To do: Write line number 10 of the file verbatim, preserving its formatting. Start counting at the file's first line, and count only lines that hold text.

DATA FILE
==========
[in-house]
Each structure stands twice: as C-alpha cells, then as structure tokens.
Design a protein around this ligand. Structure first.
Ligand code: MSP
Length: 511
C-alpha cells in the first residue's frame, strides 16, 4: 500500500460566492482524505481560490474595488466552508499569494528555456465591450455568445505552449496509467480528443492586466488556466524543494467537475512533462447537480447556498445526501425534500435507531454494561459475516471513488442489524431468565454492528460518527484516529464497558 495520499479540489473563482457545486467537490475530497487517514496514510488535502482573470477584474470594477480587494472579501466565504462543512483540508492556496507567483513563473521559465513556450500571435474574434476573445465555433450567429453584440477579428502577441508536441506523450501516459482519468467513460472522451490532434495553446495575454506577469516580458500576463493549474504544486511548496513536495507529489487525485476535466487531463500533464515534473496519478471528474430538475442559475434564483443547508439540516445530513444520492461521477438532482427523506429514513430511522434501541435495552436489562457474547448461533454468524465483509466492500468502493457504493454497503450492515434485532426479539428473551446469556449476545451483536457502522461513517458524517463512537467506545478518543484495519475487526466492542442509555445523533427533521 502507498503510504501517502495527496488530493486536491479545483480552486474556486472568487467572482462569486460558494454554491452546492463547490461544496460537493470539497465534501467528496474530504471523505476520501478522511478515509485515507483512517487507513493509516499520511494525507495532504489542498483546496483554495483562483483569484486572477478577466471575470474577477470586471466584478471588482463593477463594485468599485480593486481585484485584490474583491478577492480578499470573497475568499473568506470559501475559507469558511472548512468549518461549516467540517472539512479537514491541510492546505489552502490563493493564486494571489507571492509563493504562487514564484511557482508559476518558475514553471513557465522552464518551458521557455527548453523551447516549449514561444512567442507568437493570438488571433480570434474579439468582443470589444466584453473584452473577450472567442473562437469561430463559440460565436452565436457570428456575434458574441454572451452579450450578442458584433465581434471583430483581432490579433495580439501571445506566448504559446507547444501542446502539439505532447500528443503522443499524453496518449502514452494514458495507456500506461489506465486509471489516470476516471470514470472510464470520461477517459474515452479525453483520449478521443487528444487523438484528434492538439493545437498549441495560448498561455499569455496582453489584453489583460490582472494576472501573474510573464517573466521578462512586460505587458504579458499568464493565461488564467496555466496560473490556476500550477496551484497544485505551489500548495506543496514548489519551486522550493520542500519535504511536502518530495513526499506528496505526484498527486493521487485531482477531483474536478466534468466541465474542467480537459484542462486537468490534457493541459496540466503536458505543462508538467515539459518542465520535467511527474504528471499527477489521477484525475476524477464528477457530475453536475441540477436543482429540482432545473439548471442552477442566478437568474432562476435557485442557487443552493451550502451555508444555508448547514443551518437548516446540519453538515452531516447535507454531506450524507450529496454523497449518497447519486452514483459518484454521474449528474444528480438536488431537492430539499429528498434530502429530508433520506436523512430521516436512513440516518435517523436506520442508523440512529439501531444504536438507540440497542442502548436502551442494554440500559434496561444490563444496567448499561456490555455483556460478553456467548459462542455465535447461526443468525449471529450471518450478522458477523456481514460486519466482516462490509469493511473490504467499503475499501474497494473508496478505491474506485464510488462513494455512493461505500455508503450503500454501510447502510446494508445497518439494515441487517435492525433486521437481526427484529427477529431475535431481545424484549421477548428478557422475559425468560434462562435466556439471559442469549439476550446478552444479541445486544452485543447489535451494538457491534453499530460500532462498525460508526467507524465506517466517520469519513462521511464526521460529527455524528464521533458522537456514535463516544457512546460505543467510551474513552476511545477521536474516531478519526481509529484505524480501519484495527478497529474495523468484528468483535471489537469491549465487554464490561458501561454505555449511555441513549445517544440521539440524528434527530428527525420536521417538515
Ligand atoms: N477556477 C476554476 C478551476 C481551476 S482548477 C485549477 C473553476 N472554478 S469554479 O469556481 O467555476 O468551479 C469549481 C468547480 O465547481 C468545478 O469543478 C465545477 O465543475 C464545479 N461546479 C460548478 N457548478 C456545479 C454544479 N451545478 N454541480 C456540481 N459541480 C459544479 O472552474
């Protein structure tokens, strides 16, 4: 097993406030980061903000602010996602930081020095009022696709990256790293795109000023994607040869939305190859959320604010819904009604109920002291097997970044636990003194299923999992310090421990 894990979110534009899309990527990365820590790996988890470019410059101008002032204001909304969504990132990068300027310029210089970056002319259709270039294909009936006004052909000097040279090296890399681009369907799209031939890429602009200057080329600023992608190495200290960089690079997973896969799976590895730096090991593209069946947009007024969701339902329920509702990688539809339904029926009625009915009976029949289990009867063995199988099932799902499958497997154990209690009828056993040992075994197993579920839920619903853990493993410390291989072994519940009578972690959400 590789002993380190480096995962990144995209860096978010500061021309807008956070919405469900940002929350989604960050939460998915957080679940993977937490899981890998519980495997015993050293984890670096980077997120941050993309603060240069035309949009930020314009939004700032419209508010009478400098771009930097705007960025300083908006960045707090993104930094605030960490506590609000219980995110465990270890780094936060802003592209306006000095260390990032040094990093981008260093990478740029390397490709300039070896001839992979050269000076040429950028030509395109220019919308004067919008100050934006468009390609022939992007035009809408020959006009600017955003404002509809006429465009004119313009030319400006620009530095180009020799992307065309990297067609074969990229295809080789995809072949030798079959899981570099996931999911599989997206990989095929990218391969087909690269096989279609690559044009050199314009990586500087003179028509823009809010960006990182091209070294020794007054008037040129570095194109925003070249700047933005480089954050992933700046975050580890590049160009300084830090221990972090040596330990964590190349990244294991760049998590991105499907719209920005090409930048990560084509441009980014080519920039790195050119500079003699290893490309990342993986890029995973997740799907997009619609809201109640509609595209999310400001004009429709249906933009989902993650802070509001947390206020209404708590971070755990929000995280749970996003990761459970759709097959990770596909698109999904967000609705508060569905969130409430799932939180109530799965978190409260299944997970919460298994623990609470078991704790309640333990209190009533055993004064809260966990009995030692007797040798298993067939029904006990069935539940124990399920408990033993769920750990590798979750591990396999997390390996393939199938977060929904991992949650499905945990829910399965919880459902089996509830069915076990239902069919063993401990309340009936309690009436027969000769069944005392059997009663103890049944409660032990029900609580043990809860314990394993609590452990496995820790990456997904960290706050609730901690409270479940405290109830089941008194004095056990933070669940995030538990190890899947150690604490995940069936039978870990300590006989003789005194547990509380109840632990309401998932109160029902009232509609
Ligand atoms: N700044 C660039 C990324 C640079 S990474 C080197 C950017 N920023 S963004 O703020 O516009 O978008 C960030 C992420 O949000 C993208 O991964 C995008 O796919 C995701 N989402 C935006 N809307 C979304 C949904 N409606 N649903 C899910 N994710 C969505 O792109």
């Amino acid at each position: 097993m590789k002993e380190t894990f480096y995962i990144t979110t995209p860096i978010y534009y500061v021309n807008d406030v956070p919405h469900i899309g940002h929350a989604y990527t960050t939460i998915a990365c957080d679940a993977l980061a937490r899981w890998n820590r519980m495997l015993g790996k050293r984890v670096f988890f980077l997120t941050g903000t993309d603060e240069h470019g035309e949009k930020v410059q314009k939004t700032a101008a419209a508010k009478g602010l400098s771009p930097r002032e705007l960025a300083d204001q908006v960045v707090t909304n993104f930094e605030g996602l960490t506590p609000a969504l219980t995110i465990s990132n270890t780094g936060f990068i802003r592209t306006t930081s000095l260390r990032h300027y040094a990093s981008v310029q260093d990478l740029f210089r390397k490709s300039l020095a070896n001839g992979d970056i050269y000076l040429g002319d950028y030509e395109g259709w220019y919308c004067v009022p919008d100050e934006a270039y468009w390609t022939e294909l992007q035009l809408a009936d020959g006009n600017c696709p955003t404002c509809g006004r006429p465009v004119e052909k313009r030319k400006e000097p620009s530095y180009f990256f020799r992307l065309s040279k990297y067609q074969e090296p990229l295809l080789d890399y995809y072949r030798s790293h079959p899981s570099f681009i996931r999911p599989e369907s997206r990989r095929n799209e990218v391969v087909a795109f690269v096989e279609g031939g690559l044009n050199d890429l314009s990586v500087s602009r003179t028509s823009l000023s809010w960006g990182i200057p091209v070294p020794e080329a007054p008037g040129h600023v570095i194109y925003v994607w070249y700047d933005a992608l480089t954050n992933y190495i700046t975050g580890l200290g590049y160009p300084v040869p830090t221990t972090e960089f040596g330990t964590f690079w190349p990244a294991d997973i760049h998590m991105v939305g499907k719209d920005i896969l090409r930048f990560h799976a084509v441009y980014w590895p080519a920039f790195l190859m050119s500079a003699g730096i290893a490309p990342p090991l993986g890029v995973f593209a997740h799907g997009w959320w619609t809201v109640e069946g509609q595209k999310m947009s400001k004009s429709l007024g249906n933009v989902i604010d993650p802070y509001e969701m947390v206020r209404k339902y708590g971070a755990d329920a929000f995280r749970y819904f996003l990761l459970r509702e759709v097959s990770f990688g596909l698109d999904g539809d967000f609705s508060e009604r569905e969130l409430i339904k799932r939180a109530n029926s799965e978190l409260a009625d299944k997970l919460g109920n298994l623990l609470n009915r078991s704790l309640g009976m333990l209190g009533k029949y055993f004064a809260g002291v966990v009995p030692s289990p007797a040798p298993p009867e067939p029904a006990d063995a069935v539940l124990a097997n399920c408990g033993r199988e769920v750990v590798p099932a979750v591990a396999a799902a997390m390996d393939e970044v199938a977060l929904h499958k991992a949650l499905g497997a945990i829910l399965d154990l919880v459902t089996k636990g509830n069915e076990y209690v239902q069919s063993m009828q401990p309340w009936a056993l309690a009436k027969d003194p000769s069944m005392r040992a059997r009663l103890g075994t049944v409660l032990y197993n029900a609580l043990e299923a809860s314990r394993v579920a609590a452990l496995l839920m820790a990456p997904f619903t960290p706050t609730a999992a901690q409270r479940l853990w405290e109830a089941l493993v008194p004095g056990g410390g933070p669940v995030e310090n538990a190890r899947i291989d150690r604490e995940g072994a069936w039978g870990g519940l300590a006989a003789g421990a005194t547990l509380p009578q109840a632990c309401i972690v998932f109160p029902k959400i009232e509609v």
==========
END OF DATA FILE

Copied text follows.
């Amino acid at each position: 097993m590789k002993e380190t894990f480096y995962i990144t979110t995209p860096i978010y534009y500061v021309n807008d406030v956070p919405h469900i899309g940002h929350a989604y990527t960050t939460i998915a990365c957080d679940a993977l980061a937490r899981w890998n820590r519980m495997l015993g790996k050293r984890v670096f988890f980077l997120t941050g903000t993309d603060e240069h470019g035309e949009k930020v410059q314009k939004t700032a101008a419209a508010k009478g602010l400098s771009p930097r002032e705007l960025a300083d204001q908006v960045v707090t909304n993104f930094e605030g996602l960490t506590p609000a969504l219980t995110i465990s990132n270890t780094g936060f990068i802003r592209t306006t930081s000095l260390r990032h300027y040094a990093s981008v310029q260093d990478l740029f210089r390397k490709s300039l020095a070896n001839g992979d970056i050269y000076l040429g002319d950028y030509e395109g259709w220019y919308c004067v009022p919008d100050e934006a270039y468009w390609t022939e294909l992007q035009l809408a009936d020959g006009n600017c696709p955003t404002c509809g006004r006429p465009v004119e052909k313009r030319k400006e000097p620009s530095y180009f990256f020799r992307l065309s040279k990297y067609q074969e090296p990229l295809l080789d890399y995809y072949r030798s790293h079959p899981s570099f681009i996931r999911p599989e369907s997206r990989r095929n799209e990218v391969v087909a795109f690269v096989e279609g031939g690559l044009n050199d890429l314009s990586v500087s602009r003179t028509s823009l000023s809010w960006g990182i200057p091209v070294p020794e080329a007054p008037g040129h600023v570095i194109y925003v994607w070249y700047d933005a992608l480089t954050n992933y190495i700046t975050g580890l200290g590049y160009p300084v040869p830090t221990t972090e960089f040596g330990t964590f690079w190349p990244a294991d997973i760049h998590m991105v939305g499907k719209d920005i896969l090409r930048f990560h799976a084509v441009y980014w590895p080519a920039f790195l190859m050119s500079a003699g730096i290893a490309p990342p090991l993986g890029v995973f593209a997740h799907g997009w959320w619609t809201v109640e069946g509609q595209k999310m947009s400001k004009s429709l007024g249906n933009v989902i604010d993650p802070y509001e969701m947390v206020r209404k339902y708590g971070a755990d329920a929000f995280r749970y819904f996003l990761l459970r509702e759709v097959s990770f990688g596909l698109d999904g539809d967000f609705s508060e009604r569905e969130l409430i339904k799932r939180a109530n029926s799965e978190l409260a009625d299944k997970l919460g109920n298994l623990l609470n009915r078991s704790l309640g009976m333990l209190g009533k029949y055993f004064a809260g002291v966990v009995p030692s289990p007797a040798p298993p009867e067939p029904a006990d063995a069935v539940l124990a097997n399920c408990g033993r199988e769920v750990v590798p099932a979750v591990a396999a799902a997390m390996d393939e970044v199938a977060l929904h499958k991992a949650l499905g497997a945990i829910l399965d154990l919880v459902t089996k636990g509830n069915e076990y209690v239902q069919s063993m009828q401990p309340w009936a056993l309690a009436k027969d003194p000769s069944m005392r040992a059997r009663l103890g075994t049944v409660l032990y197993n029900a609580l043990e299923a809860s314990r394993v579920a609590a452990l496995l839920m820790a990456p997904f619903t960290p706050t609730a999992a901690q409270r479940l853990w405290e109830a089941l493993v008194p004095g056990g410390g933070p669940v995030e310090n538990a190890r899947i291989d150690r604490e995940g072994a069936w039978g870990g519940l300590a006989a003789g421990a005194t547990l509380p009578q109840a632990c309401i972690v998932f109160p029902k959400i009232e509609v």